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Reductions in Yield of Processing Tomatoes and Incidence of Bacterial Canker. R. J. Chang, Department of Plant Pathology, University of Illinois, Urbana 61801. S. M. Ries, and J. K. Pataky. Department of Plant Pathology, University of Illinois, Urbana 61801. Plant Dis. 76:805-809. Accepted for publication 1 April 1992. Copyright 1992 The American Phytopathological Society. DOI: 10.1094/PD-76-0805.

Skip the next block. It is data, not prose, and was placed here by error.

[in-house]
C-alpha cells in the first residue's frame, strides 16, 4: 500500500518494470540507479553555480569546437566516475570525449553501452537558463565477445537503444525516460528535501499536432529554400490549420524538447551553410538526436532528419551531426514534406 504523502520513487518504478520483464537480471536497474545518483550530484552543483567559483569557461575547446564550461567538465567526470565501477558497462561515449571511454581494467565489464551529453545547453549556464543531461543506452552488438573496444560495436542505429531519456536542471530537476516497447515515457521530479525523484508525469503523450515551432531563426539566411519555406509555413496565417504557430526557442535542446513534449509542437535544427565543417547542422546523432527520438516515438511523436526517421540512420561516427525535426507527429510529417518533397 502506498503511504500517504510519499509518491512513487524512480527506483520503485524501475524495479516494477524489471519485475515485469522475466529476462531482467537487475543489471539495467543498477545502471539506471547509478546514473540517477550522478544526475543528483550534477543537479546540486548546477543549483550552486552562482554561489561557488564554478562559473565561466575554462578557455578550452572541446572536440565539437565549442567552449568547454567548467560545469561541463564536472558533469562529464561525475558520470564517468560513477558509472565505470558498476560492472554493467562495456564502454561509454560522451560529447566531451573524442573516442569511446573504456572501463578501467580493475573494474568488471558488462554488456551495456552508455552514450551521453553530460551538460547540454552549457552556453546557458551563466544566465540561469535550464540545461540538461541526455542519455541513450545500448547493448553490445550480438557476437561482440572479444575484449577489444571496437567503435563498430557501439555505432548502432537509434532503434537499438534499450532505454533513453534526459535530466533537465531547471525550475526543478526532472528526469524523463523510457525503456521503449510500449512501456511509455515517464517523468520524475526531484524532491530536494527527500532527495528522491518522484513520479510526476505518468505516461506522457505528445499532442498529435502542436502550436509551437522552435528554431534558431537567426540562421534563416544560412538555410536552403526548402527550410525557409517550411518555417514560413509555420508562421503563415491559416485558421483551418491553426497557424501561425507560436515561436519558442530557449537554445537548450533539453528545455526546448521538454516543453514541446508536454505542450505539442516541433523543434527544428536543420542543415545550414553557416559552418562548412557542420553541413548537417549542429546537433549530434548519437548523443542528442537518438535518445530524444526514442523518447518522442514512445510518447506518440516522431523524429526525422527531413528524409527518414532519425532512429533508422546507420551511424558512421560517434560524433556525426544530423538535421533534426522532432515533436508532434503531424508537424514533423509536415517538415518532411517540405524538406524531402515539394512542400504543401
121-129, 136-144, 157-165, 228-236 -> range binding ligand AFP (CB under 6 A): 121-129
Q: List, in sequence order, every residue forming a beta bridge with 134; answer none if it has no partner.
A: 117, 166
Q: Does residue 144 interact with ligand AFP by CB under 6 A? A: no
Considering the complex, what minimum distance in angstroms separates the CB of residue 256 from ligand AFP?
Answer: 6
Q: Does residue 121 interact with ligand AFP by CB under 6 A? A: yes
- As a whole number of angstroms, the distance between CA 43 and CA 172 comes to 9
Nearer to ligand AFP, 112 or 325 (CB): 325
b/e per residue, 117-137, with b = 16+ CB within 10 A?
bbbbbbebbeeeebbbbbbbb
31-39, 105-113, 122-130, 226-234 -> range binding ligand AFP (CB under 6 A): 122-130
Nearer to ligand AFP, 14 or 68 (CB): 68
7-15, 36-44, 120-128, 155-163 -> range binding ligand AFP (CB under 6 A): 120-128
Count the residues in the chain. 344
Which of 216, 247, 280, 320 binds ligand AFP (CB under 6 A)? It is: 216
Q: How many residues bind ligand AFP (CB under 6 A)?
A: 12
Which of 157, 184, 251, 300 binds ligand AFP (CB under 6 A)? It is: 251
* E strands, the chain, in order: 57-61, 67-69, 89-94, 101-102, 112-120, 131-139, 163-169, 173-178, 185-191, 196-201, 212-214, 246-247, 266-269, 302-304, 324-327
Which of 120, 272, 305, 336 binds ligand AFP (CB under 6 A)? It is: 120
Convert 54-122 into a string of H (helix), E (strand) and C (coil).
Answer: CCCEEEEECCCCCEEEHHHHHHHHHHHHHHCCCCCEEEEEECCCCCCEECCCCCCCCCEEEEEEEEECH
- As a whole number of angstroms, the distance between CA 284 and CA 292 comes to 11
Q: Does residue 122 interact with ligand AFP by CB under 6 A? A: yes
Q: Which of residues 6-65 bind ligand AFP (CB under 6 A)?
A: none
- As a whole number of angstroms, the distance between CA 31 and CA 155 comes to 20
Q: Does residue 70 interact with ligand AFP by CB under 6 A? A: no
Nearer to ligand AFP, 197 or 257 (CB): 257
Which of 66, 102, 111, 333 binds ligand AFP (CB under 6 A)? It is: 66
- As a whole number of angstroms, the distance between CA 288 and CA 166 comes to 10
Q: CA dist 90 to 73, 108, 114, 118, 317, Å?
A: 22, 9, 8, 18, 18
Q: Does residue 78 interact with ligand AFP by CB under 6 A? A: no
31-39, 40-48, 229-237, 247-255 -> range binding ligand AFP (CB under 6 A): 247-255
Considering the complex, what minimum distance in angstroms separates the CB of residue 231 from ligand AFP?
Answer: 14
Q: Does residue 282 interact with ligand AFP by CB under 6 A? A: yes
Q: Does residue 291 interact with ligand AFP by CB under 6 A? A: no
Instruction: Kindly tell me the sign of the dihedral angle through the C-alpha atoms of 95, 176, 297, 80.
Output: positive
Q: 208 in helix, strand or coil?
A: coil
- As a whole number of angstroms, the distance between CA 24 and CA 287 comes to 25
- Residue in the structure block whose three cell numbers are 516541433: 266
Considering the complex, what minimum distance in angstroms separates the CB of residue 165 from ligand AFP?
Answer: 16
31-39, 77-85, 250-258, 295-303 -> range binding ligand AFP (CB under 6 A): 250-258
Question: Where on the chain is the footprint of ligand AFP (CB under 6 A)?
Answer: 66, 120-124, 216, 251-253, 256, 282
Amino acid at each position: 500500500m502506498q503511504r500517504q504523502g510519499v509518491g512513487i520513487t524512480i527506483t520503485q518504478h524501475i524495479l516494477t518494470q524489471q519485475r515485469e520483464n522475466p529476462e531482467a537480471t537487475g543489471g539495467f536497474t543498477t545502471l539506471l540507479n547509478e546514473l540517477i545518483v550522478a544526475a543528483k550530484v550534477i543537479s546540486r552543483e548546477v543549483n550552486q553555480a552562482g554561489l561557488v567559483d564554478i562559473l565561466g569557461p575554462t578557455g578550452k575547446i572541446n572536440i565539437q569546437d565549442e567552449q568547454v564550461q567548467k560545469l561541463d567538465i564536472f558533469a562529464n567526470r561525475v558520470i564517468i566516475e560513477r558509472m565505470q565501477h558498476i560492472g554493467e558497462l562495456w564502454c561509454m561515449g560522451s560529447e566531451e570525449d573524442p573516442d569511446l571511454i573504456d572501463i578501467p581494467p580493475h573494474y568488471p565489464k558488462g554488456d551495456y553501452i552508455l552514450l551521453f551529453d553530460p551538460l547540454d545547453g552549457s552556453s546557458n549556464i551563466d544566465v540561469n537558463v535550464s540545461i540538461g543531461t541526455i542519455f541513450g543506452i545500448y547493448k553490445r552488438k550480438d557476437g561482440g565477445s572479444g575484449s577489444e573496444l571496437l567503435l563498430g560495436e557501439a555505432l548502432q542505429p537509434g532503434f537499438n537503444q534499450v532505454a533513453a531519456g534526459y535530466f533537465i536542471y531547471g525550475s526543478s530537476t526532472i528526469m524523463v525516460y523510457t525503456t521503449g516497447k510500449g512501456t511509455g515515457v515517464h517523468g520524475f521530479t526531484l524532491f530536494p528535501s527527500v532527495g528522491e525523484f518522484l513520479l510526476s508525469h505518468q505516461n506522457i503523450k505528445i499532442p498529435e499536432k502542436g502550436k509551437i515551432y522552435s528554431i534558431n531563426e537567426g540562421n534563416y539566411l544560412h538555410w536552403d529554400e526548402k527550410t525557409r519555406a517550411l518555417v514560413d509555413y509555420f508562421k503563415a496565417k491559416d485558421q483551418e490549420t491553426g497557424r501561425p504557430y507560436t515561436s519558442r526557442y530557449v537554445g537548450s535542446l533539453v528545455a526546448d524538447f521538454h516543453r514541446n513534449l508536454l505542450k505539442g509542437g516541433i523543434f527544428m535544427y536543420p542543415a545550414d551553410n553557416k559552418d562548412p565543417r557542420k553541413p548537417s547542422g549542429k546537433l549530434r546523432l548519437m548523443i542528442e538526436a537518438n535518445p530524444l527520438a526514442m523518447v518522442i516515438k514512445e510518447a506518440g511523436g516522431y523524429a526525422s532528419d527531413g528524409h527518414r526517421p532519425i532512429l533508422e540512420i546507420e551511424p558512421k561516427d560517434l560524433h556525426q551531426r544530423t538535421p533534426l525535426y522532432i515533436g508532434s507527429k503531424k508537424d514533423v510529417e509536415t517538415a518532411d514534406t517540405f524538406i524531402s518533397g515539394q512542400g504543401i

Various incidences of systemic infection of bacterial canker, caused by Clavibacter michiganensis subsp. michiganensis, were established in field plots of tomato, Lycopersicon esculentum. In 2 yr, total fruit weight, percent maximum yield, and average fruit weight of processing tomatoes (cv. Heinz 1810) were related to incidence of systemic infection of bacterial canker 1 wk before harvest. For plants infected during clipping or seedling harvest, total fruit weight per plot decreased as much as 58 kg, maximum yield decreased as much as 46%, and average fruit weight decreased as much as 13 g when the highest incidence of systemic infection was 3183%. Slope coefficients from regressions of maximum yield on incidence ranged from 0.5 to 0.7, indicating that yield decreased about 57% for each 10% increase in incidence. The percentages of green and ripe fruit also were affected significantly by the incidence of systemic infection. The percentage of green fruit decreased as much as 41% and the percentage of ripe fruit increased as much as 41% when the highest incidence of systemic infection was 3183%. The relationships between yield, green and ripe fruit, and incidence of bacterial canker were similar for plants infected during clipping of transplants and during harvest of transplants.